Just when I thought there were no original ideas left in the zombie movie genre, The Girl with All the Gifts proves me wrong.
Michael Carey’s screenplay (adapting his own novel, which I confess I haven’t read), opens with mysterious ten year old Melanie (Sennia Nanua) in a cell in an underground bunker. She is surrounded by soldiers with their weapons trained on her, but doesn’t seem particularly upset. Indeed, she greets them warmly as they tie her to a wheelchair and generally treat her like Hannibal Lecter. She and a couple of dozen other children in orange uniforms are then escorted by these soldiers into a classroom where Helen (Gemma Arterton) asks them questions about the periodic table then reads them tales of Greek mythology. What on earth is going on?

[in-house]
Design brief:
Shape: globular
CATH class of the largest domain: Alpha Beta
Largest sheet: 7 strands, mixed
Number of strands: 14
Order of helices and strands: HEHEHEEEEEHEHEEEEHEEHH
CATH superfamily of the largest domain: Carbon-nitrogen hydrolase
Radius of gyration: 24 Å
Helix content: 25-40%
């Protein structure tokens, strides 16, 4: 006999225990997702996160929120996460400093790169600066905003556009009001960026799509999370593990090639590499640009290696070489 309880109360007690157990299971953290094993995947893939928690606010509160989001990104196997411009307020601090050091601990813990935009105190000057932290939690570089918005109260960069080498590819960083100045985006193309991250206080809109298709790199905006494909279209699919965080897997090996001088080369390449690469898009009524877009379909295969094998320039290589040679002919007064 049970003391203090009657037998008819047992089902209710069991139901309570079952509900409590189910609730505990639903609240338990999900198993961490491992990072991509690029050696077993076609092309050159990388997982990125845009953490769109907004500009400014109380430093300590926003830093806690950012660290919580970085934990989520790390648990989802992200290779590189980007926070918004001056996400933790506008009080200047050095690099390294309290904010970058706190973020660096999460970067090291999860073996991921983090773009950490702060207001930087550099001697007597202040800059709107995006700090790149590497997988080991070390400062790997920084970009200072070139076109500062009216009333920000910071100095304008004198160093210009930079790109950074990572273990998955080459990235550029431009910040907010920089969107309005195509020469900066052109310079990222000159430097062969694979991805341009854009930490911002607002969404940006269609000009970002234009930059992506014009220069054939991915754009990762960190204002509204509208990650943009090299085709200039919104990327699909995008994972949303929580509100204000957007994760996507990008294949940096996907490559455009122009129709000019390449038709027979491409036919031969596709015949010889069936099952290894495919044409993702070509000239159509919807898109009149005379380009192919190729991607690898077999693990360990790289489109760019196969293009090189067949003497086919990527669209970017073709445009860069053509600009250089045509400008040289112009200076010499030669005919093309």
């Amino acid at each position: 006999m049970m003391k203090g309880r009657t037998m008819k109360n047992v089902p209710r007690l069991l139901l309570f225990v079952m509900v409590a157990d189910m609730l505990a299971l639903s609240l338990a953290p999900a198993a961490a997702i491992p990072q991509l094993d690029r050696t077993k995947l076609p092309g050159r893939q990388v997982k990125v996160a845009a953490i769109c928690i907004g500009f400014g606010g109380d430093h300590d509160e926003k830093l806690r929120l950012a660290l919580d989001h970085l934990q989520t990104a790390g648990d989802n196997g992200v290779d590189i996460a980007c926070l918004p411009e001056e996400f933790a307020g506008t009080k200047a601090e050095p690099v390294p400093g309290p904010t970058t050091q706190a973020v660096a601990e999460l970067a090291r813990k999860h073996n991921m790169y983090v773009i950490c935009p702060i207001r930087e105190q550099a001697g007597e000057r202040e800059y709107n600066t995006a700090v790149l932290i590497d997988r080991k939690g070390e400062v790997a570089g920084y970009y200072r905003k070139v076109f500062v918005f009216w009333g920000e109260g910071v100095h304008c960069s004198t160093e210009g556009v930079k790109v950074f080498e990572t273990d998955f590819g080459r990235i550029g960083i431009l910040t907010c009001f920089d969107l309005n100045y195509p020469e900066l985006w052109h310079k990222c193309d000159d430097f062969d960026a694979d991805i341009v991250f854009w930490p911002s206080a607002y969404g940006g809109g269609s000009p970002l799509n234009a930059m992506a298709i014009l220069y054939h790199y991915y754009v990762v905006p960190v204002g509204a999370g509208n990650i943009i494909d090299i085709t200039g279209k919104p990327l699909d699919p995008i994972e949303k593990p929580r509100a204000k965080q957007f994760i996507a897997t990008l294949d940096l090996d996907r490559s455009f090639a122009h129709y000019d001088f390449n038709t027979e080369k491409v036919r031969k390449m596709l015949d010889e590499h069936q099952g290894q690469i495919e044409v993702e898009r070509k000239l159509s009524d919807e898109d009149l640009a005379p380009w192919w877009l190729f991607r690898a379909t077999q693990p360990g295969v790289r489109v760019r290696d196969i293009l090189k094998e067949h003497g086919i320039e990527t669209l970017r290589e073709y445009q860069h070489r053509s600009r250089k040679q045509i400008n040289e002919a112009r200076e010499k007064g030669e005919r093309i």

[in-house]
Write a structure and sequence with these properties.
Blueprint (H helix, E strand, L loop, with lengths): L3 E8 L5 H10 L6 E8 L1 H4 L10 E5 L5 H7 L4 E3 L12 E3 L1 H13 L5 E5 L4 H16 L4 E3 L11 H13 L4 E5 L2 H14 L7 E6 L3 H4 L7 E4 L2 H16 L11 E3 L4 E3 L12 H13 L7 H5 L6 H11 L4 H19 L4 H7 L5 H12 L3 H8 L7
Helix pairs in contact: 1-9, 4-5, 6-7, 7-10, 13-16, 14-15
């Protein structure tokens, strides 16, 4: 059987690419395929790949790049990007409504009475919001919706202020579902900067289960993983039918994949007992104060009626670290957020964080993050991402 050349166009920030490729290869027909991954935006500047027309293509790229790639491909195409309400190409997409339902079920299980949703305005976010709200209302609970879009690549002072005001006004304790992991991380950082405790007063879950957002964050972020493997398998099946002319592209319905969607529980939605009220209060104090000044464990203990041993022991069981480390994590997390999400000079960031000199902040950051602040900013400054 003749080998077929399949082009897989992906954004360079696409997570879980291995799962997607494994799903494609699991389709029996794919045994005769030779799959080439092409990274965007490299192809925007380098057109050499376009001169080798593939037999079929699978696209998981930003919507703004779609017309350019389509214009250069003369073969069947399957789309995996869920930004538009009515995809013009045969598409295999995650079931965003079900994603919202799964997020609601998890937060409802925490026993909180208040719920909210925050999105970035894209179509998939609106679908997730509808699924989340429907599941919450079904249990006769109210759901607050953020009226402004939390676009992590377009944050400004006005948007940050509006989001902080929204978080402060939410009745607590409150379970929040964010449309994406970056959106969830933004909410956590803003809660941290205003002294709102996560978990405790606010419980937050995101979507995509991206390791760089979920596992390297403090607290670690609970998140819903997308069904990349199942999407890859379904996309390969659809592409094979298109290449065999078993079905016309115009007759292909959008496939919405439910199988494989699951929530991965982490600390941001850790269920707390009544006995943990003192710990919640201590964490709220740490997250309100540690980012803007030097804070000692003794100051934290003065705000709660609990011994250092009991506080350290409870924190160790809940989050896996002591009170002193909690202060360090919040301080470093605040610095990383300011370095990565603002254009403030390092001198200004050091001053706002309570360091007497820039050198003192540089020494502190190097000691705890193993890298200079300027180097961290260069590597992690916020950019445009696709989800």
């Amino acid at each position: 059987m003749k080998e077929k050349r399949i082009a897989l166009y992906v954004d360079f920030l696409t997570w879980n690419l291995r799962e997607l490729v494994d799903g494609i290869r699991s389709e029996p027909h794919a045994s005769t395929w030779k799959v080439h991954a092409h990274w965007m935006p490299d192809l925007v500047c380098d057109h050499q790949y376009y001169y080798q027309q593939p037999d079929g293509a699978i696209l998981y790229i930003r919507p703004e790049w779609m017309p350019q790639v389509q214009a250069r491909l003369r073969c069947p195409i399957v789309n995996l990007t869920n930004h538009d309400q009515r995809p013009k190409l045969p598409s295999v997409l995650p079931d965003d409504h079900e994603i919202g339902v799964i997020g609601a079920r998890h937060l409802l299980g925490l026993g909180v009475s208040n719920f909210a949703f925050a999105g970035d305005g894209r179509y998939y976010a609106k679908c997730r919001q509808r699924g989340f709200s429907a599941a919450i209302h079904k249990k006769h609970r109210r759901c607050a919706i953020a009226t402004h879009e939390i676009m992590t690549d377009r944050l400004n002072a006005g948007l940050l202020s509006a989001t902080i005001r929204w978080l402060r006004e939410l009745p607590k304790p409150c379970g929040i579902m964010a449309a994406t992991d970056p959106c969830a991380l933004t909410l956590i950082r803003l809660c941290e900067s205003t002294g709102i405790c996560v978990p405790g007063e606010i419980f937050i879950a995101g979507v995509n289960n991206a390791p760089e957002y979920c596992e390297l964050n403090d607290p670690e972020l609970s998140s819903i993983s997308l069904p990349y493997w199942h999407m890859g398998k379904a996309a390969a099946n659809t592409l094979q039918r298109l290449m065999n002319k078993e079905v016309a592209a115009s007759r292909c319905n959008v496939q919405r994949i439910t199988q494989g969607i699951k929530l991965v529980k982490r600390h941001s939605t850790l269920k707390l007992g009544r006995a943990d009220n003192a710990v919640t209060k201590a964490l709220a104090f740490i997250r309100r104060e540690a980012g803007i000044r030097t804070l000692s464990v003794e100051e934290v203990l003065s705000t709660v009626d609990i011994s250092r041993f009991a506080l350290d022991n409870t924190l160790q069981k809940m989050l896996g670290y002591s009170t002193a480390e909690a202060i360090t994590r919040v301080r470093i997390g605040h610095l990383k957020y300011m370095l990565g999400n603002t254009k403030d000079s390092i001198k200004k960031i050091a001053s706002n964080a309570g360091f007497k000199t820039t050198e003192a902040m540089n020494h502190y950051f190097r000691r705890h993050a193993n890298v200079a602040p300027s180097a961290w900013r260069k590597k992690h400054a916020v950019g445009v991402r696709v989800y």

To say too much more will spoil the film, suffice to say this provides some very clever variations on established zombie staples. Performances are all very good, especially from the wonderful Sennia Nanua, and supporting cast members Glenn Close and Paddy Considine. Director Colm McCarthy stages some terrific (and gruesome) zombie set pieces but also makes very, very good use of a limited budget and locations, especially a run-down London which is starting to be overgrown and reclaimed by nature.
The usual horror movie warnings apply for strong violence and bad language. Also, Christian viewers might want to take note that this story has a fairly bleak evolutionary atheist worldview, although obviously that doesn’t mean one cannot appreciate the fine storytelling, acting and directorial mechanics on display here.